There are a million ways to have your heart broken, and they all feel the same. It’s an ache, first, and then more, a heaviness that fills your limbs with concrete and slows you down. It feels best to lie on the floor, where the earth can support all that lead in your body. It’s not your fault. Hope is an emotion that evaporates you and makes you light. It’s not fair that when you lose it, you’re left in your same body in your same life, but it feels worse. Oftentimes, heartbreak is sudden, unexpected, and cruel. But the worst kind of heartbreak is the kind you see coming from a mile away, headlights bearing down on you, and you know better, but you step directly into its path for that one bright moment of blissful hope before the crush.
It is easy for me to write about houses that I hate because there are no oncoming cars. I stand safely at a distance and point at ugly things. I am not asked to make any kind of emotional investment and therefore I will not be hurt. It is also funnier: easy to make jokes without stakes.
One thing that I love about this column is that no matter how insane of a house I choose, or how dilapidated it is, or how many weird and strange decisions have been made in its construction or decoration, one of you always loves it. Every single time, a match can be made between someone and a house I don’t and can’t understand. Often, I don’t understand it. My decisions, to me, are always reasonable. The houses I hate most of you hate. Many of the houses I love I know most of you will love. They are nice people with good smiles and quick laughs who ask you questions and get you another beer without asking. There is no hint of fuckboy to them. Perhaps, you don’t love some of them, but you will like them well enough.
But this week, I have made a mistake, and fallen where I should not have. It is a house I objectively know has problems, but I refuse to observe them. To me, this weird and strange house is perfect. I know it won’t be for all of you, but maybe you will understand why I must risk the pain for something I can never have. At least, I will try to explain it.
This week’s house is listed for $679,000 in Woodstock, New York. It has three bedrooms, two baths, and over 3,300 square feet! It was designed by Hillary Harris, an American filmmaker who was a pioneer in time-lapse photography. I don’t know anything about her, but now that I am in love with her house, I will be forced to learn everything. According to the listing, it is called the “Curved Space,” and I would make so many terrible choices to have it.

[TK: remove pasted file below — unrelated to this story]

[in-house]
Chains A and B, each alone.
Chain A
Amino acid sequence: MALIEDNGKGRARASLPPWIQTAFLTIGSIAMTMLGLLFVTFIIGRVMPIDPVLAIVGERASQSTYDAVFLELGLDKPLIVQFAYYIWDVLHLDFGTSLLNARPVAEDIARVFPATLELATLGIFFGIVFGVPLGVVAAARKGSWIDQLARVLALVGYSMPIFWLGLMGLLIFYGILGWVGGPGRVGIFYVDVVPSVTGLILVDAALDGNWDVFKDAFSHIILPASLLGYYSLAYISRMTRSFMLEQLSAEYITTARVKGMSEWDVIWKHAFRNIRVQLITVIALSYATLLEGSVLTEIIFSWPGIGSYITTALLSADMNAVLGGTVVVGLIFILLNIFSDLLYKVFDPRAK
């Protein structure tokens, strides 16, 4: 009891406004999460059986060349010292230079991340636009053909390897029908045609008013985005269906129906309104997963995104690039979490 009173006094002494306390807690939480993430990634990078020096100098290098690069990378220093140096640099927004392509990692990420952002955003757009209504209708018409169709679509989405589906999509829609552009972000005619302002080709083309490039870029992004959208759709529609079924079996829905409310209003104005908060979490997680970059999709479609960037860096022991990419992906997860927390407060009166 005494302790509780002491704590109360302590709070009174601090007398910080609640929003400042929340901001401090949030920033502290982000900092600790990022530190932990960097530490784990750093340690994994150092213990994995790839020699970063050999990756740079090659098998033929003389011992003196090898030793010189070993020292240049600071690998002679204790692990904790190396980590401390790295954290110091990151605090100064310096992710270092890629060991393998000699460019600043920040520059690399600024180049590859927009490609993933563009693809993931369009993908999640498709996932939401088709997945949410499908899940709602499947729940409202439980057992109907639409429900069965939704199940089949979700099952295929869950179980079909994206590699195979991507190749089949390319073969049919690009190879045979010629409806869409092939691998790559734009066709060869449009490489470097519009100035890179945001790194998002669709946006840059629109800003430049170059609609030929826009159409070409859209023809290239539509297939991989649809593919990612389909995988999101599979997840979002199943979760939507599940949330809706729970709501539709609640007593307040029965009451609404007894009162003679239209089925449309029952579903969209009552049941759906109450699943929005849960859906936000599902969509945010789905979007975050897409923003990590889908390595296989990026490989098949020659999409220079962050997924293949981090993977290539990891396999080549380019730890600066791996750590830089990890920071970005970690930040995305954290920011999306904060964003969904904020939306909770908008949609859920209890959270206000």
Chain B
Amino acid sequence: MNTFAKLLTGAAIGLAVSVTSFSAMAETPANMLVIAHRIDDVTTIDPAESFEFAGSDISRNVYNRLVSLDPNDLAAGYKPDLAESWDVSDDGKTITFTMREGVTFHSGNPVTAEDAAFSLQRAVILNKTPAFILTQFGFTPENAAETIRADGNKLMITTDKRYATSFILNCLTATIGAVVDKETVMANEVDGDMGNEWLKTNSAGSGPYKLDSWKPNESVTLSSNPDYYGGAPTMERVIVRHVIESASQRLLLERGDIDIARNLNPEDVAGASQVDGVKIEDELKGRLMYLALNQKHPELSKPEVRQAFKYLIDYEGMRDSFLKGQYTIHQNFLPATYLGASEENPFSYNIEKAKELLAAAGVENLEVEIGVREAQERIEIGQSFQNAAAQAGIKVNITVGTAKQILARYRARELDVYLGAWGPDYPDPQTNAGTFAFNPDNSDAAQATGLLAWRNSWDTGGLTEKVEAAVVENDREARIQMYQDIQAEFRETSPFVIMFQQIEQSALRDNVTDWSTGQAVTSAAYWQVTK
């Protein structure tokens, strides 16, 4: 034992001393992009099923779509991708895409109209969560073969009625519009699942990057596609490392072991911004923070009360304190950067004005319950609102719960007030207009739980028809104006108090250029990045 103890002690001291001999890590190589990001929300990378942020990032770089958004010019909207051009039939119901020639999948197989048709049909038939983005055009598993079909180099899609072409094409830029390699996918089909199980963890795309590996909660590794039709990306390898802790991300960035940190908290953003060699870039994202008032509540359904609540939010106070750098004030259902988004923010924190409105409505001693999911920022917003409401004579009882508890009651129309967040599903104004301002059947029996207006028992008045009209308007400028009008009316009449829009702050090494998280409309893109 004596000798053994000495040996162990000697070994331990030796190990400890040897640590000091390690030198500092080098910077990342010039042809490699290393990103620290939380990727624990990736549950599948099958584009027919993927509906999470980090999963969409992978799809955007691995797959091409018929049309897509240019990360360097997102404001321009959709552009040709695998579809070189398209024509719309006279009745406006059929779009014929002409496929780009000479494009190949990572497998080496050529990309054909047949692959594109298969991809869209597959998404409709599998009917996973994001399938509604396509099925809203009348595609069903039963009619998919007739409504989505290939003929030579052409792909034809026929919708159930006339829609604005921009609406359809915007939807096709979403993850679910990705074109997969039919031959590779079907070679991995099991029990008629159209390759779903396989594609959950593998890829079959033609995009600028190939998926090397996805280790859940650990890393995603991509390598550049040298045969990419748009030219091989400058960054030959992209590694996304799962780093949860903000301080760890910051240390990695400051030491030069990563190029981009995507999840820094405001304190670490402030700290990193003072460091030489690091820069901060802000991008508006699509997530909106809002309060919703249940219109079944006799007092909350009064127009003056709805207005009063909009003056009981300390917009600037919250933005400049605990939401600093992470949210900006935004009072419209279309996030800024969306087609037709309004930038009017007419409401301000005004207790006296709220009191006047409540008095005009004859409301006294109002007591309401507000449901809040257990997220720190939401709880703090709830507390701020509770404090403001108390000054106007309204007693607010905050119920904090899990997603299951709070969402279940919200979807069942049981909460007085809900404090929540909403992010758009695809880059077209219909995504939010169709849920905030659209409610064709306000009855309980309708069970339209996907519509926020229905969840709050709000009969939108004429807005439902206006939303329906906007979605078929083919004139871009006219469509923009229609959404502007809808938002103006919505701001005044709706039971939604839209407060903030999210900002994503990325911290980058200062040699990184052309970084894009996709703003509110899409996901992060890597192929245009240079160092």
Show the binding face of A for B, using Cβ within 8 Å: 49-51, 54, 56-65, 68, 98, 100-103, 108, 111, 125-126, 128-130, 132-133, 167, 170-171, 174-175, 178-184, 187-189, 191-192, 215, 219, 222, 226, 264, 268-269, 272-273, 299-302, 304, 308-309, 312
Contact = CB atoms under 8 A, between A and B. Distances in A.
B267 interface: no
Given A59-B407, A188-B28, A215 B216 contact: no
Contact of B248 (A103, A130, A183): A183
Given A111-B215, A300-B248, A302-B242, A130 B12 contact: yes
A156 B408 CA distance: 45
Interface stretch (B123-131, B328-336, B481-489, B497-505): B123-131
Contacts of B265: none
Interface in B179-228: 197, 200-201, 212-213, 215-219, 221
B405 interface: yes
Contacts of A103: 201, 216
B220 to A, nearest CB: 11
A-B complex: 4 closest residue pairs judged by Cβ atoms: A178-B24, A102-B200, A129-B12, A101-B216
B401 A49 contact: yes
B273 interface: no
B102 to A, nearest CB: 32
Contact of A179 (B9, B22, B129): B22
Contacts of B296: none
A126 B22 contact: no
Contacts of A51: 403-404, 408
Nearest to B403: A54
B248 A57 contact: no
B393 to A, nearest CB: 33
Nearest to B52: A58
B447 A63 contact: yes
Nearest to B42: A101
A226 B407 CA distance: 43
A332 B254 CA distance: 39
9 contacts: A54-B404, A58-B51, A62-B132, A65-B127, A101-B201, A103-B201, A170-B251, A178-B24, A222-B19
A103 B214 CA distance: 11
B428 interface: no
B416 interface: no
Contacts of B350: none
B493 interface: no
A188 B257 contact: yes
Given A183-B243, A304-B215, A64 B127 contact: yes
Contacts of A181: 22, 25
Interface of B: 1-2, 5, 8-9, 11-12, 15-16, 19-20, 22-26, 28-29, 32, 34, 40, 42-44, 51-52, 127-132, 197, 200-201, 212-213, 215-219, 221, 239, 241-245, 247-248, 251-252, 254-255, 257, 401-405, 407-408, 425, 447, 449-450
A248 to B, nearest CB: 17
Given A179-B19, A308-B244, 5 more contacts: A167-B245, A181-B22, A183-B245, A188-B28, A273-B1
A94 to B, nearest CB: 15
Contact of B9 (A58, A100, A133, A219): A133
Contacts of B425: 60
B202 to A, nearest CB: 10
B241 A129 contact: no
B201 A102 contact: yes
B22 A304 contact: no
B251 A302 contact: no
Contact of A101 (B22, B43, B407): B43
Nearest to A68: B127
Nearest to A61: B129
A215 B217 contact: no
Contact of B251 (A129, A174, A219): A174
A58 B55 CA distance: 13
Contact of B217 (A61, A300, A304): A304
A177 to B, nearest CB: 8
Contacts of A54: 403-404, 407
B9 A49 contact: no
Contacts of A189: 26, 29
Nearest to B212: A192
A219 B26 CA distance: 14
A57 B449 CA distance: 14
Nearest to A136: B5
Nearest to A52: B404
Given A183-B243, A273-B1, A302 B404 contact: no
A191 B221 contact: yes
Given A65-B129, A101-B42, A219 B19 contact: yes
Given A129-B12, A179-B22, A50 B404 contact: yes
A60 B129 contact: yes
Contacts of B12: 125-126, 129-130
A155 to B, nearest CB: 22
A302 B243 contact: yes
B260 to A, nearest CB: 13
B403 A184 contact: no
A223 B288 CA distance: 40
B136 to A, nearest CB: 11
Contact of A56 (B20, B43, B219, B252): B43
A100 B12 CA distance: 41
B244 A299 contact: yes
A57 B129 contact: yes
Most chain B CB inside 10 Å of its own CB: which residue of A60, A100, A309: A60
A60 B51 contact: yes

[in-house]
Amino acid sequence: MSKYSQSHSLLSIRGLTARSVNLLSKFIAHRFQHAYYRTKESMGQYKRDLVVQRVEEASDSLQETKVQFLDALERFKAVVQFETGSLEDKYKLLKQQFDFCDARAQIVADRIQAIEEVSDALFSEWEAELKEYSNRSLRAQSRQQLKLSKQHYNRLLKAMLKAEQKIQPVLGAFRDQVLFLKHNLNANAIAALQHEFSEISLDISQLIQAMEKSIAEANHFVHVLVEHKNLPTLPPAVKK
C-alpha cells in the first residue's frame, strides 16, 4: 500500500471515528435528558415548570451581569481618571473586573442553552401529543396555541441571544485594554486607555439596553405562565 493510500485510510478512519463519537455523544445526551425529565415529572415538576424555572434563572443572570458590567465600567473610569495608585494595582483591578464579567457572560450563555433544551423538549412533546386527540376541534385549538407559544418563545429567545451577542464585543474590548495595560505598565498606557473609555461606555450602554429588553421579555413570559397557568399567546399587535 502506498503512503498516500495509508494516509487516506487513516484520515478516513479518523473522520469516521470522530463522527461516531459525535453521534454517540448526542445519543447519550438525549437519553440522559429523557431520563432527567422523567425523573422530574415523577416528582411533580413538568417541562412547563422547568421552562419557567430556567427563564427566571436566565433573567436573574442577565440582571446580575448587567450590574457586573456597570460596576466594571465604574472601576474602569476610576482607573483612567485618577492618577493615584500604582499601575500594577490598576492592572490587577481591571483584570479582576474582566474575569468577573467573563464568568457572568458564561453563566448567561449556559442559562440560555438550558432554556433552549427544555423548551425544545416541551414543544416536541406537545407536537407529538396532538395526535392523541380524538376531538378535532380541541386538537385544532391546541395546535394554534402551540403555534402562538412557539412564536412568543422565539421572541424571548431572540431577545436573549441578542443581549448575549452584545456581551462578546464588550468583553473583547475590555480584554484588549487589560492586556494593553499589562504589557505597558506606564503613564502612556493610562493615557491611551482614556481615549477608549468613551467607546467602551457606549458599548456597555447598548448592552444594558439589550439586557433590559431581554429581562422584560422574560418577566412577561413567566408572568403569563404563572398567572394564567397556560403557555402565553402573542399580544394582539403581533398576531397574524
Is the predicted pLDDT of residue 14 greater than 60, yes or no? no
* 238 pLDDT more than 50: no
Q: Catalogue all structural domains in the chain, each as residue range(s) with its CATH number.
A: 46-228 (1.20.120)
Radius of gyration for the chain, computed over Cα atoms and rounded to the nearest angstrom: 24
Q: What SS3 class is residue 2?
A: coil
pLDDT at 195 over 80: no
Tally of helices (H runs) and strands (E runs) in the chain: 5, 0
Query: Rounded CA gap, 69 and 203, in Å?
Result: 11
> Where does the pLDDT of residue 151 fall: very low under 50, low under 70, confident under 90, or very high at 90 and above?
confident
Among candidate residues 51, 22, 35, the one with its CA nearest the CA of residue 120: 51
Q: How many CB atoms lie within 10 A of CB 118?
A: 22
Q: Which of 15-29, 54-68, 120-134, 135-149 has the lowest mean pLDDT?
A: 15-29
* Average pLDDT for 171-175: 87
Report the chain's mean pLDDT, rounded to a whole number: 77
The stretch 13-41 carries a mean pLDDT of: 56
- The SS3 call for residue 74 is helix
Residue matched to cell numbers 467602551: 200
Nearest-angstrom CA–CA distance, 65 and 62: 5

Here is the entrance:
Generally, my favorite kind of entrance is one with a porch, so I am just as surprised by this strange little tucked-away door and my infatuation with it as you might be. Already, you can tell that there are some interesting decisions. One wall is made of stone. The other a bulbous plaster painted the color of a stormy sea. If we head inside, we end up here:
I have spent at least 45 minutes inside the 3-D virtual tour of this house that you can take on Zillow, and have not been able to figure out what this picture is from. At first, I thought it was the entry way, but it doesn’t seem like it. The front door is single and squared, and here we have one double-square door and one rounded door. But isn’t that plaster at the top lovely, doesn’t it remind you both of a ship and a spaceship? I like that.
One thing I always like in a house is varied textures. Ideally, in my opinion, each room should have a minimum of five different textures. This photo is a perfect example of that: we have wood, glass, plaster, fabric, brass! Add in a single piece of art, and perhaps a rug and this is perfect little space.
Here is the main room.
There are two things that I know immediately some of you are not going to like. The first is that this is a dangerous house. It has dozens of little ledges that you could back up off of and fall three feet. I know this is scary, but also look how fun it is to have levels! It rules!
This wooden section around the fire is a little strange to me as it seems to be unfinished plywood. I assume that at some point it was carpet, but imagine how, with a little love, this whole area could be different: the built-in corner section and the curved lower section could become a conversation pit with a little love and imagination! I love a conversation pit!
I also love these long spans of wood and white on the ceiling. Here’s another angle: